Brian Fuller's blog on the media, marketing and content creation

The Future of Media-Toothpaste Edition

Posted on | September 28, 2009 | 2 Comments

Can we put the toothpaste back in the tube?

Two great opinion pieces I read over the weekend raised that question in my pointy little head. Kevin Morris, of FPGA Journal, and Peter Kann, former publisher of The Wall Street Journal and Dow Jones chairman, weigh in from slightly different perspectives on the devolution of the media, Morris looking at the trade press and Kann at the mainstream media.

Morris, in a lengthy and spot-on post (The Death of the Trade Press: Engineering Away Objectivity), has two main points: The trade press was in the bag but the trade press was also a source of solid, objective journalism:

In a warning shot across the bow, in mid-2007, EE Times let veteran editor Richard Goering go, essentially sending the message that electronic design automation would no longer get first-tier coverage because EDA firms were not ponying up enough advertising budget to fund the editorial.The result?  A key enabling technology virtually disappeared from the mainstream trade press because the firms that make it didn’t bring a big enough dish to the pot luck buffet.  The rest of the industry was on notice.  Pay the piper or become invisible.

The responses, as you might imagine, already are rolling into his forum, as to whether there ever was such a thing as trade press objectivity.

Kann, who stepped down from his post as Dow Jones chairman in 2007 (a banner year apparently), argues (Quality Reporting Doesn’t Come Cheap) that the roots of newspapers’ demise started long before the Web:

The start of this downward spiral predated the Internet by some decades as publishers relied more and more on advertising as their primary revenue source, chased larger and larger audiences to appeal to those advertisers, and displayed less and less confidence they could attract those audiences by charging full and fair value for the publications they produced. Thus, well before the advent of the Web, publishers were discounting subscriptions, providing all sorts of peripheral premiums, and giving away more and more copies to maintain artificial circulation bases.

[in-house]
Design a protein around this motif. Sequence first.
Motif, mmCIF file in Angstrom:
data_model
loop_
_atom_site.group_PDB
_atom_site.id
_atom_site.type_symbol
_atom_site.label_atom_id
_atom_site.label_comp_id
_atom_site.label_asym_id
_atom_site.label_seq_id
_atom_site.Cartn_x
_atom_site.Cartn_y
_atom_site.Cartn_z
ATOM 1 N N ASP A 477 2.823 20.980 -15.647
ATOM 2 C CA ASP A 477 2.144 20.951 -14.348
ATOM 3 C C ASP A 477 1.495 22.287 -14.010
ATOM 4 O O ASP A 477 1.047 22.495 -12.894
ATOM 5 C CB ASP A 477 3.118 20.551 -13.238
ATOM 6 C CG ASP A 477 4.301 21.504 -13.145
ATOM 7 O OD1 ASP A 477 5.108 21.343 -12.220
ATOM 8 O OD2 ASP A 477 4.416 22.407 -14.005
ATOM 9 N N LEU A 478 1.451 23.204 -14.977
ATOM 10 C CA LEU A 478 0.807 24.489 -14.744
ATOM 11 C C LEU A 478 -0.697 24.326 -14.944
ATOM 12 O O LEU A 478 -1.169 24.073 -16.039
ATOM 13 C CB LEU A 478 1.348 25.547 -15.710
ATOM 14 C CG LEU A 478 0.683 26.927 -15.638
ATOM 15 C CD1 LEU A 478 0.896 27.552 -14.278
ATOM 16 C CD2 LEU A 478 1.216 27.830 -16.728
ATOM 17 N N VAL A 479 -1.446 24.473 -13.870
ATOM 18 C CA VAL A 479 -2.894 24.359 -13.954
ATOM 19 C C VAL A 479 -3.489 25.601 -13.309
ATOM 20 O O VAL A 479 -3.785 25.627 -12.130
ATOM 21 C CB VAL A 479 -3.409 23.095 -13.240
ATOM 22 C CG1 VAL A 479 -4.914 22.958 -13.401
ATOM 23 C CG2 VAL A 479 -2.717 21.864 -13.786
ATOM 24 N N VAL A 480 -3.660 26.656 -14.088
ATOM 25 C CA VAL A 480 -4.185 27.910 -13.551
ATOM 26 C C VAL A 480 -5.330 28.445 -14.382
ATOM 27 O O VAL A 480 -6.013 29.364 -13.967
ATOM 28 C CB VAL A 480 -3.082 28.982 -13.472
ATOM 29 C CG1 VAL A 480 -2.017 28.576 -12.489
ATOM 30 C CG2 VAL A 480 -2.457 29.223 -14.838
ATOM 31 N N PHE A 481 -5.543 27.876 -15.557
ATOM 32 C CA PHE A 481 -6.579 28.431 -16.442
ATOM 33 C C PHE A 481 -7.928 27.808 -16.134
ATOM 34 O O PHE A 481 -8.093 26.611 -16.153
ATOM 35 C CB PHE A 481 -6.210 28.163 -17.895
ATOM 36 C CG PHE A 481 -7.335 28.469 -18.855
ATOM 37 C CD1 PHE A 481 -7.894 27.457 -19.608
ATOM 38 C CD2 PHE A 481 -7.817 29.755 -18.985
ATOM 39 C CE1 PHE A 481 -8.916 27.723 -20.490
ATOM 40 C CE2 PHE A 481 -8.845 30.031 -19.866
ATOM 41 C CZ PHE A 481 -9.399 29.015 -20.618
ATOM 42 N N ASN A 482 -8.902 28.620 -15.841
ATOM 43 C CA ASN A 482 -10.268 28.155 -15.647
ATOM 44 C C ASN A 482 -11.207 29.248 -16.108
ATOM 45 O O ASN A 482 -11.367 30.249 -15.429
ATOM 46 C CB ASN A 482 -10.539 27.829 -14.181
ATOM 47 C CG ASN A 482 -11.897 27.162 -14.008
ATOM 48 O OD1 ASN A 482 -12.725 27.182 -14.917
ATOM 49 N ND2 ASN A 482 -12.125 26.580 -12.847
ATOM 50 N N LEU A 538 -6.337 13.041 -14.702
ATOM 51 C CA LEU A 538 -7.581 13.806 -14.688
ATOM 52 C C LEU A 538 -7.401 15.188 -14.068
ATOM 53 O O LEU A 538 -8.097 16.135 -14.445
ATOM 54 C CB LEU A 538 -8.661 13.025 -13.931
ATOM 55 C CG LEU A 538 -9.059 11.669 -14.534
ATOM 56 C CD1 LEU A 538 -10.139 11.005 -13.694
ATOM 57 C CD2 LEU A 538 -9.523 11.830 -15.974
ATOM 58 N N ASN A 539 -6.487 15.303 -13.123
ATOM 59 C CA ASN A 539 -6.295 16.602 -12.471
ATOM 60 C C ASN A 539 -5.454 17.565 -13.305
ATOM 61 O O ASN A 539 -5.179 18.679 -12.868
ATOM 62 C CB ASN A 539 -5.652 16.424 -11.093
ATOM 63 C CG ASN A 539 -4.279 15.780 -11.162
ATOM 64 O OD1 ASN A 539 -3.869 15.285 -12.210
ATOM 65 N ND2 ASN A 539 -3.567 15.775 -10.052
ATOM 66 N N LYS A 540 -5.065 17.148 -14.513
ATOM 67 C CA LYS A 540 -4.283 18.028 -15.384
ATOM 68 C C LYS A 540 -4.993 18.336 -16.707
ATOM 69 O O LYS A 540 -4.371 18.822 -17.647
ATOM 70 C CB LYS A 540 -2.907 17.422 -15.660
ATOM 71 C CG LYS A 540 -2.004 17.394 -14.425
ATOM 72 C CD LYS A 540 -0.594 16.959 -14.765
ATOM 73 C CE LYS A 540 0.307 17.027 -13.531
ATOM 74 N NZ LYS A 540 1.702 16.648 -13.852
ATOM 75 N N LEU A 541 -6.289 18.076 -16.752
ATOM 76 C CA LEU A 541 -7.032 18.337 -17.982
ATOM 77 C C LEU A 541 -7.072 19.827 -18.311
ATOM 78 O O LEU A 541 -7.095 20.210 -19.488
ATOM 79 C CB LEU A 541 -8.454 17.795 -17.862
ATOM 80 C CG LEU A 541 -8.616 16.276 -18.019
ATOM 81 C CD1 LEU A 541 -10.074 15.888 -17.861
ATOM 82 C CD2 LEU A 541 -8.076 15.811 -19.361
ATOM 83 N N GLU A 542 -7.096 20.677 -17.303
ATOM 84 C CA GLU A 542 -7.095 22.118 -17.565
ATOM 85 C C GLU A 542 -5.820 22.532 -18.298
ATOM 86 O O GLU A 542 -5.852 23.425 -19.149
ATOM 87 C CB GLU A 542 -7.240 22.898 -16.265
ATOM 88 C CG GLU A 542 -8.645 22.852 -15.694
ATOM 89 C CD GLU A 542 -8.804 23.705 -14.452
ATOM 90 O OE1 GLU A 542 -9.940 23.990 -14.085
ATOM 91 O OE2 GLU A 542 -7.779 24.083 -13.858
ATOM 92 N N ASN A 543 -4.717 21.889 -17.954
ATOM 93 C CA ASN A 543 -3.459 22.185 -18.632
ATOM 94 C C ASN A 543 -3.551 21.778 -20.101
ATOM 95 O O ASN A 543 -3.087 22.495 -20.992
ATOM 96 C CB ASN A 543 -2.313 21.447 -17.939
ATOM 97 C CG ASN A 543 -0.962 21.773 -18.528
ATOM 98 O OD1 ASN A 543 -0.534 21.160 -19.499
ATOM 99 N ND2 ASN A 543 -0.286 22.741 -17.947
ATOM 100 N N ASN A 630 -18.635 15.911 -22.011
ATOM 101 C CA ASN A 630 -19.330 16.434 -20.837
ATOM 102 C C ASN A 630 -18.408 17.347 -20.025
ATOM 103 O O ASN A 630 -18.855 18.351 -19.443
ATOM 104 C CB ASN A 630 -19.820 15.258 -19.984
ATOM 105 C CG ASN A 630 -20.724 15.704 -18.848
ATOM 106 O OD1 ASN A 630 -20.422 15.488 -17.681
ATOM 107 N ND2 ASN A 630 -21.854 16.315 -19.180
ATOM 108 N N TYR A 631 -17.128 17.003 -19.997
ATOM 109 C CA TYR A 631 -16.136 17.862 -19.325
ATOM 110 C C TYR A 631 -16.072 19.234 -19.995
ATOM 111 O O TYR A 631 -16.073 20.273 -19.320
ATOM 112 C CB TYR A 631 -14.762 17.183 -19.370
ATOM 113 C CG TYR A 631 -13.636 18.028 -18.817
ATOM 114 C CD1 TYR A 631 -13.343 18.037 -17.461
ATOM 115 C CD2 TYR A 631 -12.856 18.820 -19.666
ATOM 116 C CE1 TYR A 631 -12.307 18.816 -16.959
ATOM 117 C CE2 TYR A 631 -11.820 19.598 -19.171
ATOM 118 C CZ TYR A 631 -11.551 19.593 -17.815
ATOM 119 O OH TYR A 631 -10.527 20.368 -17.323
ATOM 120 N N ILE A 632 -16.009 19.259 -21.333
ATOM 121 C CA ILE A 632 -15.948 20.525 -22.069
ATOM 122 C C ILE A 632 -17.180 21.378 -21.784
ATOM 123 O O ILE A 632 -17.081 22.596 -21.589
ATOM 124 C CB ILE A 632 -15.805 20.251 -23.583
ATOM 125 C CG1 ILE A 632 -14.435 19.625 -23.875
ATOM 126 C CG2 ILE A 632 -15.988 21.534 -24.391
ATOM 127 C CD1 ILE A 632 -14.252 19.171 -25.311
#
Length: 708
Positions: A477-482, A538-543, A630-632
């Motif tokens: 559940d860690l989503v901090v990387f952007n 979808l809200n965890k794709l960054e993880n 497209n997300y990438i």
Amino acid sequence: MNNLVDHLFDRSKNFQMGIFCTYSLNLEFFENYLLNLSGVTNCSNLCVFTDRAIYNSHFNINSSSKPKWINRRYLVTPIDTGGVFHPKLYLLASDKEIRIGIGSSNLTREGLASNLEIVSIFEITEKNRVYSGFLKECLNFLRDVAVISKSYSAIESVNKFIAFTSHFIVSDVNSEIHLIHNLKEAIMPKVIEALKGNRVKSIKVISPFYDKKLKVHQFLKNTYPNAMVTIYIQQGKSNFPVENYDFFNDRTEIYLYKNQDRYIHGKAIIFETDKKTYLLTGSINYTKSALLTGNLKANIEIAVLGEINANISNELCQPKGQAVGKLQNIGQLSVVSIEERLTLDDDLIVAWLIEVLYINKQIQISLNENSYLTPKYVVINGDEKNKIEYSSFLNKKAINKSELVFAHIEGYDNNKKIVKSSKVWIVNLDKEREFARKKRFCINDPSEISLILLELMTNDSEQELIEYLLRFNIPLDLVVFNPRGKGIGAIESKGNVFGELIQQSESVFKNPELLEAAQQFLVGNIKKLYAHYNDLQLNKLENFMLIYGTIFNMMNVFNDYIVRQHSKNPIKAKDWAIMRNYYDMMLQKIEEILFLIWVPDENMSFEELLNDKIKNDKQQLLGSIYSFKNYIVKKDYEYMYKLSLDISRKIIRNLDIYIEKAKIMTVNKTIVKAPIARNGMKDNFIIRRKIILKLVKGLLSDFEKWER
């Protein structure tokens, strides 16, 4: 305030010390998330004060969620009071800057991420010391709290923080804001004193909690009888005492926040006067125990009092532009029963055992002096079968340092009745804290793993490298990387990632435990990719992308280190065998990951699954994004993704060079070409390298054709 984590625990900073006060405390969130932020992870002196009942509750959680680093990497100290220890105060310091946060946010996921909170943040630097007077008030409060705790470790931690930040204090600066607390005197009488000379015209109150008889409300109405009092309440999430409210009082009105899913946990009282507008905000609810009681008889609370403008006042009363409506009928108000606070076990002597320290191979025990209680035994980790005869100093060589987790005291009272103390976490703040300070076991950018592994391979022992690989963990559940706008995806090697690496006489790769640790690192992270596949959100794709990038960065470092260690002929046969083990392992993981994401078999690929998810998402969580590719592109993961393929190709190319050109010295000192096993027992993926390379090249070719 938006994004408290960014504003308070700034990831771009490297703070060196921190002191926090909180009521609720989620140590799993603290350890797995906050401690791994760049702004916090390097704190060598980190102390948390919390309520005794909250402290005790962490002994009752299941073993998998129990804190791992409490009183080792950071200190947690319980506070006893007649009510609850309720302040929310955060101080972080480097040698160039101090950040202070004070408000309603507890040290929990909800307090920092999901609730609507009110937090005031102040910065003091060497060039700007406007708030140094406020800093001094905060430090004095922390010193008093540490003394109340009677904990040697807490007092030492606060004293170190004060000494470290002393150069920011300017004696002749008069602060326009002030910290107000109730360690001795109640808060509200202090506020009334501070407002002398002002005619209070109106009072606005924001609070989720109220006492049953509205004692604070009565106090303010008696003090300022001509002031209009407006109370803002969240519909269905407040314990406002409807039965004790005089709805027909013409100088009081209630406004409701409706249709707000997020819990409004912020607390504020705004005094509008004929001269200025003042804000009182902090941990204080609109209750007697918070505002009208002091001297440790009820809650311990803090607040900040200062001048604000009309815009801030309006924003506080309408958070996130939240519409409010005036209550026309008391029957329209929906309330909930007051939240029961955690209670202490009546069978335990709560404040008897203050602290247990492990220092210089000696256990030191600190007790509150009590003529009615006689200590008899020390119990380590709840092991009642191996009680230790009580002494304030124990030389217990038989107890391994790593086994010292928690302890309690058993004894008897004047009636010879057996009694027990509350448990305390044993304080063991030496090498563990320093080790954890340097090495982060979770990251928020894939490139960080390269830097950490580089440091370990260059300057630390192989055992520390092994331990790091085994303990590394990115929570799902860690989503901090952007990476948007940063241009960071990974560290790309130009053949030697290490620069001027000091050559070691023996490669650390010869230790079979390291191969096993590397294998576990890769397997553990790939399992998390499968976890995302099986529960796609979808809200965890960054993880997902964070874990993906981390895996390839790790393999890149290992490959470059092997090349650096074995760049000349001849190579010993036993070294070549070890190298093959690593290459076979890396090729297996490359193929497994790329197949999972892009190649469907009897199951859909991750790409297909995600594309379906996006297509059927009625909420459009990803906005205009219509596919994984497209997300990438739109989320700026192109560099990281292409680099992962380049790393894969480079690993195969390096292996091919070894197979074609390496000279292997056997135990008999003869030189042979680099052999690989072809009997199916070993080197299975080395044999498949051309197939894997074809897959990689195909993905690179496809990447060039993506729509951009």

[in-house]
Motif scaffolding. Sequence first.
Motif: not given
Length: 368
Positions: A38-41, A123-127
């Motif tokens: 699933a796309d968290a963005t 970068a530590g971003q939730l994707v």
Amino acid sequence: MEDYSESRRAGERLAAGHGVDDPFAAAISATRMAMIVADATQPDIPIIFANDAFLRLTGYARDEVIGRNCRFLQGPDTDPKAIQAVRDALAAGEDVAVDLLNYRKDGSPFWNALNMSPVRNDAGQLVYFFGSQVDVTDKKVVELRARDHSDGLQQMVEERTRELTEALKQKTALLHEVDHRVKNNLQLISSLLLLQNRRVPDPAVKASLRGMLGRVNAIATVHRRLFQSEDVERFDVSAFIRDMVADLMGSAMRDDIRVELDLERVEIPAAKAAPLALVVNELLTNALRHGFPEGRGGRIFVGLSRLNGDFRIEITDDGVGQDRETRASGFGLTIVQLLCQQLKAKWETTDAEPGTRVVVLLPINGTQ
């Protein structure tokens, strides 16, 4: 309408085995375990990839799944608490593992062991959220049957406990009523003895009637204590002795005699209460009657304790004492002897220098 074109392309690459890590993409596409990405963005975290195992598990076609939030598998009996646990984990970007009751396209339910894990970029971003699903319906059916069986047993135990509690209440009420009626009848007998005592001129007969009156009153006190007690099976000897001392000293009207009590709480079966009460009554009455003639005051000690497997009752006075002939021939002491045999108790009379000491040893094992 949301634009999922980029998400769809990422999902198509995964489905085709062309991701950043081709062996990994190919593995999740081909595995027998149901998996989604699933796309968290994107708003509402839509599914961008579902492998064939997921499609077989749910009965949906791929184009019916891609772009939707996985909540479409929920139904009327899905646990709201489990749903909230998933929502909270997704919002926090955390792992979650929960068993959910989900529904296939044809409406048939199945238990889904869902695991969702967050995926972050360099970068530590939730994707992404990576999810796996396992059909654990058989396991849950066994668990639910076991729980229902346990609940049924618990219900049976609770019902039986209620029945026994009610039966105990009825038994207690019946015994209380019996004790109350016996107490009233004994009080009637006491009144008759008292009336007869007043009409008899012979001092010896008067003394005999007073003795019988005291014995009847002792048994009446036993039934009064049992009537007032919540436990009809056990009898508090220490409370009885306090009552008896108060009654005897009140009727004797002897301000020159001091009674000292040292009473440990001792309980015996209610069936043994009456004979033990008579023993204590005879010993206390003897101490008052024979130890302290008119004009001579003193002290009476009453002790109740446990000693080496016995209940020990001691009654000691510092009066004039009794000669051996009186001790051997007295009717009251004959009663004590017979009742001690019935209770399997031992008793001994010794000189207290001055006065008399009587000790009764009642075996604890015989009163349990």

The question is what’s the model to sustain independent reporting on a local, national or industry-segment scale? How about trying to put the toothpaste back in the tube?

The toothpaste greases the sites of millions of aggregators, bloggers, Google, Yahoo and the like. Without it, it’s a very different social media world. Kann points out that Dow Jones made a conscious (some would say also conscientious) decision to charge for its online content. Charging 15 years after we started giving away stuff for free won’t be easy, but nothing else has worked.

You can make a commodity valuable by creating scarcity.

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2 Responses to “The Future of Media-Toothpaste Edition”

  1. Mark
    September 29th, 2009 @ 10:17 am

    Anyone who knows me knows I have been saying for years that the trade media should charge for subscriptions In fact, now that I have been removed from every “free” electronics trade circ EXCEPT EP (Thanks BB) I would love to pay for a subscription to the others but no one seems to know just how to sell me one. Am I on an Island????? I dont think so.

  2. Bob Ristelhueber
    October 16th, 2009 @ 1:35 pm

    When I started as a lowly reporter at Electronic News in 1980 (yikes!) we had a PAID subscriber base of about 70,000. CMP tried a different approach, giving away EETimes and Electronic Buyer’s News with the idea that the wider circulation would attract advertisers. For many reasons too varied to discuss here, the CMP approach worked – in the short term. Eventually, Electronic News had to give up its paid subscription model and rely solely on advertising for its revenues. But I guess you can say that ENews just climbed into the same sinking boat as the CMP newspapers. ENews stopped publishing in 2002, EBN in 2003, and EETimes stopped its weekly publishing format in 2008, going to a bi-weekly schedule (en route to oblivion, most likely). It’s hard to imagine how the industry could adopt a paid subscription model at this late date, but I suppose it’s worth a try. Everything old is new again…

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